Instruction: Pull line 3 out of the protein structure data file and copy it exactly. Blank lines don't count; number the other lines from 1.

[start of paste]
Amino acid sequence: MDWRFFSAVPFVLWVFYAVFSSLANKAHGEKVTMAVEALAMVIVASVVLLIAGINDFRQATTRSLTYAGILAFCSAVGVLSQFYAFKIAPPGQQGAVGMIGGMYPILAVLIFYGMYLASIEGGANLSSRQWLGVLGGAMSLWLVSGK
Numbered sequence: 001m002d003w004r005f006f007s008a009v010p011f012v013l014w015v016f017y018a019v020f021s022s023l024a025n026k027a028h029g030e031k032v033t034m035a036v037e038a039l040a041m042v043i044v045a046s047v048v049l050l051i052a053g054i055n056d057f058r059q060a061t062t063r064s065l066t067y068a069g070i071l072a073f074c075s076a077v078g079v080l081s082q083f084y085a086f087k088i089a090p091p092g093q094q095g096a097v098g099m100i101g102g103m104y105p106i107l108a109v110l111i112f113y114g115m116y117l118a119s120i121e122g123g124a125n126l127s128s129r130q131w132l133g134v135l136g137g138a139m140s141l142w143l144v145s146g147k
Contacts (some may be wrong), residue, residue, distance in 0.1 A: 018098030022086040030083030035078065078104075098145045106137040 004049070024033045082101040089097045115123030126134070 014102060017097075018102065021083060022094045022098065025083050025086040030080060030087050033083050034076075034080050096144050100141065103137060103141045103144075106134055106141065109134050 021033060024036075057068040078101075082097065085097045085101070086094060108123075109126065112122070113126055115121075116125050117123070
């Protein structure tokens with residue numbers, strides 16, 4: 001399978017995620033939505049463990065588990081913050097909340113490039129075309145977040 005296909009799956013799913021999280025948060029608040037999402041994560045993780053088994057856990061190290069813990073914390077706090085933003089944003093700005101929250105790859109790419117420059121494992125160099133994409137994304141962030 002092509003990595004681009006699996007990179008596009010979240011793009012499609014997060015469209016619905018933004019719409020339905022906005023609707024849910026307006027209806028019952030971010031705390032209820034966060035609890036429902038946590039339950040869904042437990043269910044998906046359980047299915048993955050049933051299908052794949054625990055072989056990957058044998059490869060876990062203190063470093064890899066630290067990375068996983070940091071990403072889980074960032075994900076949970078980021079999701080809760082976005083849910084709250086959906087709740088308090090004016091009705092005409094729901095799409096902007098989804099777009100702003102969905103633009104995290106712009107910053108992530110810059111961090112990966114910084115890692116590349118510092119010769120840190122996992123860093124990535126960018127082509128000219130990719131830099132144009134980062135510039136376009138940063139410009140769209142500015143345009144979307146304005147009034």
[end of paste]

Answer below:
Contacts (some may be wrong), residue, residue, distance in 0.1 A: 018098030022086040030083030035078065078104075098145045106137040 004049070024033045082101040089097045115123030126134070 014102060017097075018102065021083060022094045022098065025083050025086040030080060030087050033083050034076075034080050096144050100141065103137060103141045103144075106134055106141065109134050 021033060024036075057068040078101075082097065085097045085101070086094060108123075109126065112122070113126055115121075116125050117123070